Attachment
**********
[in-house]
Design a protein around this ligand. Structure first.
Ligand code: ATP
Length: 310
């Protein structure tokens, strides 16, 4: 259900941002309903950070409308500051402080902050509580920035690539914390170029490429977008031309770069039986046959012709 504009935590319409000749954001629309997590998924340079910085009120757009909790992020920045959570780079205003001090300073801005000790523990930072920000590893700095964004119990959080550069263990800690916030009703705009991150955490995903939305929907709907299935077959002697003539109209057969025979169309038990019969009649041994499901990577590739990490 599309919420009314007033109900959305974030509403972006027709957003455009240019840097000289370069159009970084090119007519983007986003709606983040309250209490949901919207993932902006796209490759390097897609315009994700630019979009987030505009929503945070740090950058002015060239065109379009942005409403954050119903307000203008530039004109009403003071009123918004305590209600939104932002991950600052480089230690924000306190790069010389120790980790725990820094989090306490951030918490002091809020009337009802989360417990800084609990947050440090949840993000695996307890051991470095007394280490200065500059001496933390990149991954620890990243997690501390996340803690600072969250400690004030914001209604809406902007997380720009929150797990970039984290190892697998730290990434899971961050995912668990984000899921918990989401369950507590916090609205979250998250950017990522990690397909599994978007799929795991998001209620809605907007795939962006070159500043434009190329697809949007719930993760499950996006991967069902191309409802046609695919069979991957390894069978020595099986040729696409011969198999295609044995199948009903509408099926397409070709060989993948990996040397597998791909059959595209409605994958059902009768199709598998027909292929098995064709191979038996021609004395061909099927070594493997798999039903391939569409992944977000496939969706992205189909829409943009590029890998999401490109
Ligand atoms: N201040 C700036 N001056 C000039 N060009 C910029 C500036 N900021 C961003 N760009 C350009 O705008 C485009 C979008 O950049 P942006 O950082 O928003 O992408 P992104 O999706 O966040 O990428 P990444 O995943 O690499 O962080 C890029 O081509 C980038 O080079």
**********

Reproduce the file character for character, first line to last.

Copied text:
[in-house]
Design a protein around this ligand. Structure first.
Ligand code: ATP
Length: 310
């Protein structure tokens, strides 16, 4: 259900941002309903950070409308500051402080902050509580920035690539914390170029490429977008031309770069039986046959012709 504009935590319409000749954001629309997590998924340079910085009120757009909790992020920045959570780079205003001090300073801005000790523990930072920000590893700095964004119990959080550069263990800690916030009703705009991150955490995903939305929907709907299935077959002697003539109209057969025979169309038990019969009649041994499901990577590739990490 599309919420009314007033109900959305974030509403972006027709957003455009240019840097000289370069159009970084090119007519983007986003709606983040309250209490949901919207993932902006796209490759390097897609315009994700630019979009987030505009929503945070740090950058002015060239065109379009942005409403954050119903307000203008530039004109009403003071009123918004305590209600939104932002991950600052480089230690924000306190790069010389120790980790725990820094989090306490951030918490002091809020009337009802989360417990800084609990947050440090949840993000695996307890051991470095007394280490200065500059001496933390990149991954620890990243997690501390996340803690600072969250400690004030914001209604809406902007997380720009929150797990970039984290190892697998730290990434899971961050995912668990984000899921918990989401369950507590916090609205979250998250950017990522990690397909599994978007799929795991998001209620809605907007795939962006070159500043434009190329697809949007719930993760499950996006991967069902191309409802046609695919069979991957390894069978020595099986040729696409011969198999295609044995199948009903509408099926397409070709060989993948990996040397597998791909059959595209409605994958059902009768199709598998027909292929098995064709191979038996021609004395061909099927070594493997798999039903391939569409992944977000496939969706992205189909829409943009590029890998999401490109
Ligand atoms: N201040 C700036 N001056 C000039 N060009 C910029 C500036 N900021 C961003 N760009 C350009 O705008 C485009 C979008 O950049 P942006 O950082 O928003 O992408 P992104 O999706 O966040 O990428 P990444 O995943 O690499 O962080 C890029 O081509 C980038 O080079």